14 Apr 2020, 13:19

Meet the winners of UmojaHack #3: Hotspots Challenge

UmojaHack Africa brought more than 1000 data science students from across Africa to the Zindi platform on March 21 2020. Out of 624 data scientists from across the continent that signed up for the Hotspots Challenge, 156 made it onto the leaderboard. Only the best of the best made it to the top.

The goal of this challenge was to build a model to predict areas of land that get burned in the Democratic Republic of Congo in different seasons of the year. Figuring out the dynamics that influence where and when these fires will occur can help to better understand their effects. And predicting how these dynamics will play out in the future, under different climatic conditions, could prove extremely useful.

The winners of this challenge are: GFrost from South Africa in 1st place, Lawrence Moruye from Kenya in 2nd place and Brainiac, also from Kenya, in 3rd place.

A special thank you to the 1st and 2nd place winners for sharing some insights into how they succeeded in this challenge.

Name: Geoffrey Frost (1st place)

Zindi handle: GFrost

Github Repo

Where are you from? South Africa

Tell us a bit about yourself?

I am currently in my final year of study in Electrical and Electronic Engineering at Stellenbosch University with a main focus on telecommunication. I have a keen interest in using machine learning as a tool to solve complex engineering problems.

Tell us about the approach you took.

I started by taking a deep look at the data. This involved lots of googling and scraping through wikipedia pages to really understand what the GIS data meant. After getting to grasps with the big picture I began feature engineering, which really just involved combining existing features in creative ways based on my aforementioned research.

Next, I used fast.ai’s pre-built tabular learner function (A feed forward neural network). Once I was done with tuning my hyper parameters I created a few models each with a different random validation set, and created an ensemble of these models which then became my final solution.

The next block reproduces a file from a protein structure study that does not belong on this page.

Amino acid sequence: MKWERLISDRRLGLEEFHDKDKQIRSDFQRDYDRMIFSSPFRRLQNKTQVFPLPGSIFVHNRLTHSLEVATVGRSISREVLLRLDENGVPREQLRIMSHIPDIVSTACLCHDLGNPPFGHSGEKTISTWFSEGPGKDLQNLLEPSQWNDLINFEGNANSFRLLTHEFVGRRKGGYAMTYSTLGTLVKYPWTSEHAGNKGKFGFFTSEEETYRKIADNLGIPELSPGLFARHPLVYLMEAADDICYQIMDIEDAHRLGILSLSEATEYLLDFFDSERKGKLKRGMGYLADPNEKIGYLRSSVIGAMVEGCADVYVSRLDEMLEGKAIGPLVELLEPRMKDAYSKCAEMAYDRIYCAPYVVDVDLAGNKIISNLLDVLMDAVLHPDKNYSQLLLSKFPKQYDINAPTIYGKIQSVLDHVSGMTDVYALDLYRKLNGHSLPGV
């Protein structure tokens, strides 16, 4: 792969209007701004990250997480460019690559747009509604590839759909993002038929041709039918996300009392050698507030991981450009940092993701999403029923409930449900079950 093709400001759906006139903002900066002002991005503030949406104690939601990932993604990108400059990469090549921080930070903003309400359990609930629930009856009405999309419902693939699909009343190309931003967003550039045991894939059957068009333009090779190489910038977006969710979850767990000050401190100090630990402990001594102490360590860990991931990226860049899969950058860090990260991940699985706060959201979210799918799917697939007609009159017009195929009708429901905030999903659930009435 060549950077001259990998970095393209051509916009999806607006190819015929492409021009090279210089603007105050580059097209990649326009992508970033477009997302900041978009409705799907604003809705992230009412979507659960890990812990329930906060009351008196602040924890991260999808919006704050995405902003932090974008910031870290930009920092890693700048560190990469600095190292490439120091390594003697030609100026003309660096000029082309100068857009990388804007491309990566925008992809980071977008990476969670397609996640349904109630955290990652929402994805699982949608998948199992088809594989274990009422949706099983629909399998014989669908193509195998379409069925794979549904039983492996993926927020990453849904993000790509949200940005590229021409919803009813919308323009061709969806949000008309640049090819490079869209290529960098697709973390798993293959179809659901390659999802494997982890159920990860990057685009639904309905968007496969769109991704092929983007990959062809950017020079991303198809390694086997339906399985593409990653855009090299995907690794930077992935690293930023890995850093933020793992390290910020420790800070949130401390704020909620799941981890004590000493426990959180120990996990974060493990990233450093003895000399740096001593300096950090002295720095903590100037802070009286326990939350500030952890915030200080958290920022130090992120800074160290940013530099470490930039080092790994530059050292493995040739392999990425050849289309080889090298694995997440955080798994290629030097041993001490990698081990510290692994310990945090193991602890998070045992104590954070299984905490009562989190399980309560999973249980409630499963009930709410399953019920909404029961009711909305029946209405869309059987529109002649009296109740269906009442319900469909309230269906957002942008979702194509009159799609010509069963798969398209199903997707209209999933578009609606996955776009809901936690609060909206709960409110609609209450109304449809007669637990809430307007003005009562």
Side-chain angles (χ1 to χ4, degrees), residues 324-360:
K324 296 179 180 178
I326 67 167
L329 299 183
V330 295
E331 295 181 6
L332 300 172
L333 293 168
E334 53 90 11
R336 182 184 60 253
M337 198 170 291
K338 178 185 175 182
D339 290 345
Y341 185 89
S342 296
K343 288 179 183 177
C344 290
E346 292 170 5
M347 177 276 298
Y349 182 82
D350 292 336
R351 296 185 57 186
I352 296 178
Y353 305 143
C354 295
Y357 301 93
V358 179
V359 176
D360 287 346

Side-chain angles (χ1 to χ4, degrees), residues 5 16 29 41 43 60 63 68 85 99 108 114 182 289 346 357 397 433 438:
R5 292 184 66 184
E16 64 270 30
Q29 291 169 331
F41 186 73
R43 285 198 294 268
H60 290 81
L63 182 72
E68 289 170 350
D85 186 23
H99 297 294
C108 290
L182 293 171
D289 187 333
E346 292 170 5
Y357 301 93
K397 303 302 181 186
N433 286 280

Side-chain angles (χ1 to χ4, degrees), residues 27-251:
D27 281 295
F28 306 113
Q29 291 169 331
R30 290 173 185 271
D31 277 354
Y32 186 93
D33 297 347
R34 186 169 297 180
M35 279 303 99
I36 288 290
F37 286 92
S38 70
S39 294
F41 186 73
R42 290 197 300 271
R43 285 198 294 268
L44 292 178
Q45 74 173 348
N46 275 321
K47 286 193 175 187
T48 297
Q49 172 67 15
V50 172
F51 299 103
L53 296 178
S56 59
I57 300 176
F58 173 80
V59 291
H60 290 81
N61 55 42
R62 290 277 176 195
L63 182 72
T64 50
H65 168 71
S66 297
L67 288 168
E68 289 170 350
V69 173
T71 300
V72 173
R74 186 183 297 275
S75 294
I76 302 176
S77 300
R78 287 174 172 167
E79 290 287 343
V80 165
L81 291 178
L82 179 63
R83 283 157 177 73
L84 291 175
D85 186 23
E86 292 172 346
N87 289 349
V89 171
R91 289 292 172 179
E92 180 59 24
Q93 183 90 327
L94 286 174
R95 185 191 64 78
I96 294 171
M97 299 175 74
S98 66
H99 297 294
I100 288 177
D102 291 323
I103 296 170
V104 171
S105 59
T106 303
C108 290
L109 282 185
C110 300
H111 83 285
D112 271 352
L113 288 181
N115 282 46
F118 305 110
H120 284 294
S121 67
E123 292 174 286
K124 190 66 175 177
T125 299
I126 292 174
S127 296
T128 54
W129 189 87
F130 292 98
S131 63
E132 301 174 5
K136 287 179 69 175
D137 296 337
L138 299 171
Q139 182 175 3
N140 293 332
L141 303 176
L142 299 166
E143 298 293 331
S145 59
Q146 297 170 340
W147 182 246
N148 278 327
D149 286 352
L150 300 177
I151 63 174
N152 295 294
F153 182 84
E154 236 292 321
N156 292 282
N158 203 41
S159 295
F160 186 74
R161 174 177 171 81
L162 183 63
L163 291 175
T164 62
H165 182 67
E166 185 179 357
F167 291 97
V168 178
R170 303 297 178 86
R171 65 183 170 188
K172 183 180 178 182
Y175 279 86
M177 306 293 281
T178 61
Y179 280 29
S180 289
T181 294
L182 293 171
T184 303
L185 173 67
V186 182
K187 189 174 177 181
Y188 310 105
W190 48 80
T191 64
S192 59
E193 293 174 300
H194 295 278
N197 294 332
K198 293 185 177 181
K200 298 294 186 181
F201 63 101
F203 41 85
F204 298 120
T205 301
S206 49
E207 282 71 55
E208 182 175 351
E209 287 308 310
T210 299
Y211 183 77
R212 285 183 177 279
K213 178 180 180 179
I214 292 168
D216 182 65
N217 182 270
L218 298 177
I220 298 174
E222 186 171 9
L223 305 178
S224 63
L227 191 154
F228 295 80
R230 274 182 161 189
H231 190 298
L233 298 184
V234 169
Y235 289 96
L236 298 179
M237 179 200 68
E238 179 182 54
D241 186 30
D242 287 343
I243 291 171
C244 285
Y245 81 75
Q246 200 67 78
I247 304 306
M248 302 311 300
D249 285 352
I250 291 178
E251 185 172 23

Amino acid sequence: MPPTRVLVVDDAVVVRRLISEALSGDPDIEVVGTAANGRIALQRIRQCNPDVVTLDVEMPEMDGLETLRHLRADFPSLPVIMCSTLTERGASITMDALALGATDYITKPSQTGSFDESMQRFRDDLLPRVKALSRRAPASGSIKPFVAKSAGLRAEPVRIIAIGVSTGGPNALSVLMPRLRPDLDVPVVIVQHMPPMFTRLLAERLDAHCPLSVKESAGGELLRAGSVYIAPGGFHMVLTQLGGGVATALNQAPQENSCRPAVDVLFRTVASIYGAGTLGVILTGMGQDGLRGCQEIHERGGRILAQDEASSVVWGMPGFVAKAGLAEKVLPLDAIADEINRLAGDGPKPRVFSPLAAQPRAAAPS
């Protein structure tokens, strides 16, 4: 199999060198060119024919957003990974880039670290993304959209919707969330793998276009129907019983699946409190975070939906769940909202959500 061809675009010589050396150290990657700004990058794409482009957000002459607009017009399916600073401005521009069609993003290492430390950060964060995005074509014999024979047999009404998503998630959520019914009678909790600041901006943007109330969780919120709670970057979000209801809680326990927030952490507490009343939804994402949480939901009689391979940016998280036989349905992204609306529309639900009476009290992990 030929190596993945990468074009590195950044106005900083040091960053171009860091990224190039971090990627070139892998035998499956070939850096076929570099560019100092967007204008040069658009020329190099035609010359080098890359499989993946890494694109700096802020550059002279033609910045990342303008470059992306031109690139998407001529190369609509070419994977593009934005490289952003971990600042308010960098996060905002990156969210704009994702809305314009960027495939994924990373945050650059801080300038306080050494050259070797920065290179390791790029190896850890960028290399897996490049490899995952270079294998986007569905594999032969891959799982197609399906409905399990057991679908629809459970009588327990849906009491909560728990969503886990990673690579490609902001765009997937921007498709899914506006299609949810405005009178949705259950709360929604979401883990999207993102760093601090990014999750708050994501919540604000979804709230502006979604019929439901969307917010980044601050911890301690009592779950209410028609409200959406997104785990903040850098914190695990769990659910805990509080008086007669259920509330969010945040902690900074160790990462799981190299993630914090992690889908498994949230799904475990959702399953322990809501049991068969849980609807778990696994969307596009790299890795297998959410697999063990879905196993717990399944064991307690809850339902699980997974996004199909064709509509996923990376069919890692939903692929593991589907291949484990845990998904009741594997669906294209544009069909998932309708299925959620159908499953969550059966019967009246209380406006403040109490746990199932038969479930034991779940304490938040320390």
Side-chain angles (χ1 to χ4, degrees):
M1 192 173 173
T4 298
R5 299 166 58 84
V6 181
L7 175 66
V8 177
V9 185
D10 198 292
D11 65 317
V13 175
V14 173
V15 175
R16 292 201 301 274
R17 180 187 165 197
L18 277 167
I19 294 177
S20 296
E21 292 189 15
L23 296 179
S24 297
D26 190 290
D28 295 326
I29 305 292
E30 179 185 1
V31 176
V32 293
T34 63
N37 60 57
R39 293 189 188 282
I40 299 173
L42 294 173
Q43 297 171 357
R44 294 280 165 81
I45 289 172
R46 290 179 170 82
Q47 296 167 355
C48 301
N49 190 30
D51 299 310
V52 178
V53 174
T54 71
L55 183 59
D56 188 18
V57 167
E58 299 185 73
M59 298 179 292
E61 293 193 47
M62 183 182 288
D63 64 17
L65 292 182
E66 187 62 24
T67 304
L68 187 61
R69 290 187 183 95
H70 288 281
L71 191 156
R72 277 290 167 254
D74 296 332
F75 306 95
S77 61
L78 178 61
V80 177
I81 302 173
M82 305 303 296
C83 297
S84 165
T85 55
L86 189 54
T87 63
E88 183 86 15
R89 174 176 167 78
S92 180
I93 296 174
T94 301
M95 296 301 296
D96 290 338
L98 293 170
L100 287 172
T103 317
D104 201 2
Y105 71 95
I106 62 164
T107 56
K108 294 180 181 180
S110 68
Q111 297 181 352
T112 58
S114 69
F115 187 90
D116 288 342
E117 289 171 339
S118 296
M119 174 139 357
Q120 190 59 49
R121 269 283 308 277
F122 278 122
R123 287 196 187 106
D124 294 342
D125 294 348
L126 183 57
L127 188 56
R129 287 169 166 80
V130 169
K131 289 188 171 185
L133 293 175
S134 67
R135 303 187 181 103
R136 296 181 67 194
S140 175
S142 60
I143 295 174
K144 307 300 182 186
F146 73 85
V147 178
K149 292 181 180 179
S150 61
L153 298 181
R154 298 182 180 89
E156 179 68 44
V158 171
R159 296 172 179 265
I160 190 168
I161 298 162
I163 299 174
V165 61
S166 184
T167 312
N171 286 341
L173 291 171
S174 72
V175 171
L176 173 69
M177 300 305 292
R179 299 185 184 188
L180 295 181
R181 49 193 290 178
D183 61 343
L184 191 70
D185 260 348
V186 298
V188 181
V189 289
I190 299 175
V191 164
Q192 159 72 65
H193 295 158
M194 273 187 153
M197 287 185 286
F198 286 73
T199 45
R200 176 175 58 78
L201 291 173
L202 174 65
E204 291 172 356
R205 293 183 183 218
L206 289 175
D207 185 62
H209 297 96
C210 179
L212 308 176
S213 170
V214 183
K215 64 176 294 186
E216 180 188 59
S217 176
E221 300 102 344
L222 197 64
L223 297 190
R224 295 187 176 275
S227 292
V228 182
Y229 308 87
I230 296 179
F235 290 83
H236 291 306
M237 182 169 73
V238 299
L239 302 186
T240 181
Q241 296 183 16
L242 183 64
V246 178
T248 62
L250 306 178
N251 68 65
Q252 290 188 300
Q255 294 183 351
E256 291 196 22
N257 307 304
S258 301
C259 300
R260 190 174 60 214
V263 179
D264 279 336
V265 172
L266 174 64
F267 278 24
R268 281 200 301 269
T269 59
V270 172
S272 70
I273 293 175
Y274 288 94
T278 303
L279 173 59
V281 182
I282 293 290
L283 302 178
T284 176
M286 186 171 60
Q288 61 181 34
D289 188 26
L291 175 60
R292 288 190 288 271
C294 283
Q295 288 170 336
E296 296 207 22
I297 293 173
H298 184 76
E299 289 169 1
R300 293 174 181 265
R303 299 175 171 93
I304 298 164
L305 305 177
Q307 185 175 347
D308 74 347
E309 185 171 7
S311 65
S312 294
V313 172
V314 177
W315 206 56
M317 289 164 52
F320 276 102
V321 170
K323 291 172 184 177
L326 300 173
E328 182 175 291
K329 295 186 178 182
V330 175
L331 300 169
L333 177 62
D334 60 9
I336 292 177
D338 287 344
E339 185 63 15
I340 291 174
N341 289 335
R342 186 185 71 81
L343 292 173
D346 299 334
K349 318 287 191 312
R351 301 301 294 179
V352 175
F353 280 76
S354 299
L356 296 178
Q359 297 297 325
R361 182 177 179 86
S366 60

What were the things that made the difference for you that you think others can learn from?

I spent a lot of time trying to understand the data and on feature engineering. Ensembling also helped a lot in reducing the models’ loss.

What are the biggest areas of opportunity you see in AI in Africa over the next few years?

AI can be applied to so many unique problems as evident in the variety of challenges in the UmojaHack. The opportunities are truly endless.

What are you looking forward to most about the Zindi community?

The vast amount of talented data scientists eager to learn from one another.

Lawrence Moruye (2nd place)

Zindi handle: Lawrence_Moruye

Github Repo

Where are you from? Kenya

Tell us a bit about yourself?

Final year student pursuing a Bachelor's degree in mathematics and computer science with a specialization in statistics and computer science.

Tell us about the approach you took.

Preprocessing: Dropped feature with unique values (ID)

Validation strategy: KFOLD repeated with 6 splits with fairly large num_rounds to prevent overfitting and have a reduced variance between the folds

Modelling: Since the hackathon was limited to 8 hours I focused with a single LGBM model because it is fairly fast and with my experience in previous Zindi competitions, LGBM has proved to do well when the dataset is fairly large (over 50,000 records)

What were the things that made the difference for you that you think others can learn from?

Feature engineering:

  • Frequency encoding with most of features
  • Aggregate features with group statistics (I used mean, std, max, min)
  • Interaction between various features

What are the biggest areas of opportunity you see in AI in Africa over the next few years?

AI is going to be the most revolutionary technology, withthe potential to solve some of the most pressing challenges that impact Africa and drive growth and development in various sectors. With AI, agriculture will be done more efficiently thus raising yields; healthcare will be better-tailored and more accessible thus improving lives; financial services will be more secure and reach more Africans who need them hence expanding accessibility and promoting development.

What are you looking forward to most about the Zindi community?

Winning and learning

This competition was hosted by Microsoft and African Bank.

What are your thoughts on our winners' feedback? Engage via the Discussion page or leave a comment on social media.